Pleurisy: Symptom or Condition?

Jennifer Confer, PharmD, BCPS; Jennifer Egbert-Kibler, PharmD


US Pharmacist 

In This Article


Pleurisy can be indicative of a broad spectrum of disorders, ranging from mild to life-threatening. The clinician must first consider and perform diagnostic tests to exclude critical diagnoses such as pulmonary embolism, myocardial infarction, or pneumothorax. Pneumothorax, pneumonia, and pleural effusions are easily identifiable by chest x-ray or CT scan. Findings and characteristics that can be identified by chest x-ray include infiltrations (i.e., pneumonia), effusions (i.e., pulmonary embolism, malignancy), and/or the lack of identifiable lung markings (i.e., pneumothorax).[1]

A CT scan can provide many findings similar to those of a chest x-ray, but with a more definitive diagnosis. ECG assessment is suggested if a patient demonstrates signs and symptoms indicative of myocardial infarction, pulmonary embolism, or pericarditis. Laboratory analyses such as CBC, D-dimer, arterial blood gas, and cultures enable the clinician to order further testing for suspected diagnoses. In many cases, the cause of pleurisy can be differentiated by the symptom onset: acute (minutes to hours), subacute (hours to days), chronic (days to weeks), or recurrent. Identifying when symptom onset occurred may aid in differentiating the diagnosis.[1]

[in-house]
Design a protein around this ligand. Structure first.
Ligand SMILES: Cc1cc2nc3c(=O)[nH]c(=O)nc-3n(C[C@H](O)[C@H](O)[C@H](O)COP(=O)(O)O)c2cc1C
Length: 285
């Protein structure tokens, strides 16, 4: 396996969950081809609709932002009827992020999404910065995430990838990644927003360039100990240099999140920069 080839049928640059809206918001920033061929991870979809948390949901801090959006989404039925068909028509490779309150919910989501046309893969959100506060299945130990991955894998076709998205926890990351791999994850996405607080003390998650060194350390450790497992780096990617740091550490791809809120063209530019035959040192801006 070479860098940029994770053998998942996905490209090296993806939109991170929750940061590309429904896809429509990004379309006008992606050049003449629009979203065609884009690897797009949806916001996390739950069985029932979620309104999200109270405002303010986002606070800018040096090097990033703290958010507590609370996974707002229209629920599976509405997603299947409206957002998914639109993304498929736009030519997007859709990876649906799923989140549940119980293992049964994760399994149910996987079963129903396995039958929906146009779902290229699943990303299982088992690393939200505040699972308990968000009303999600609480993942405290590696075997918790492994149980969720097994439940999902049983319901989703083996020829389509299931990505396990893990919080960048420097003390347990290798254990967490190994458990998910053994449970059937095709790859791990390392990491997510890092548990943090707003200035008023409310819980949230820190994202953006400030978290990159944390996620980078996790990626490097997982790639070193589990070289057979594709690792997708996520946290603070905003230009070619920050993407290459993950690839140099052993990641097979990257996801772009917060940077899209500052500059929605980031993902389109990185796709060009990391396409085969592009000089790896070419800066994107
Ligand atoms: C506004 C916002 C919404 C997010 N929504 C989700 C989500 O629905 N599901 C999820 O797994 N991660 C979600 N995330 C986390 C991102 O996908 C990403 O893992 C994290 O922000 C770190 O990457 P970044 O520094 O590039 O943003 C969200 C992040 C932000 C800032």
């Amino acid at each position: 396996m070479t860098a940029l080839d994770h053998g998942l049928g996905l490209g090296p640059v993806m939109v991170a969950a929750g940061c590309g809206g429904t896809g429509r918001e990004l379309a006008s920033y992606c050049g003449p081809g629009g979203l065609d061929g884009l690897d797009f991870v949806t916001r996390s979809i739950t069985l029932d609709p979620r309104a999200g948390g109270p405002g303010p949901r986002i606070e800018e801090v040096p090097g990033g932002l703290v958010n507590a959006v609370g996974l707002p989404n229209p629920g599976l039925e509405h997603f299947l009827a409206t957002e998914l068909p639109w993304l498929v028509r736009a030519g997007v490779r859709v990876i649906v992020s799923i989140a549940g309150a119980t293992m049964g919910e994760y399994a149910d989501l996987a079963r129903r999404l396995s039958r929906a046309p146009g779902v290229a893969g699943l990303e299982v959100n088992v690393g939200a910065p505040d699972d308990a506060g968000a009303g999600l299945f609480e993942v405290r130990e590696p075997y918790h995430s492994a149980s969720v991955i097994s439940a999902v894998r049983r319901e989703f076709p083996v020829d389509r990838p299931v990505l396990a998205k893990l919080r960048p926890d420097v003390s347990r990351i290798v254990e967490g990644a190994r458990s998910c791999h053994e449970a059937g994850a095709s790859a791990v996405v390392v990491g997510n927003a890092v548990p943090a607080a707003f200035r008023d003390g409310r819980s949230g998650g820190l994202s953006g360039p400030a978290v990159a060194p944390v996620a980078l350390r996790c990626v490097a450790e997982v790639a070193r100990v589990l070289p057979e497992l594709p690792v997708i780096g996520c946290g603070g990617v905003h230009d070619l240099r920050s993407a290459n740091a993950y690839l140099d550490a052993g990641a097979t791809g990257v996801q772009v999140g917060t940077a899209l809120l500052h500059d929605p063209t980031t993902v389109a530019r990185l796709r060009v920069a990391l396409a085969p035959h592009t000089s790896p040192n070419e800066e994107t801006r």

Comments on Medscape are moderated and should be professional in tone and on topic. You must declare any conflicts of interest related to your comments and responses. Please see our Commenting Guide for further information. We reserve the right to remove posts at our sole discretion.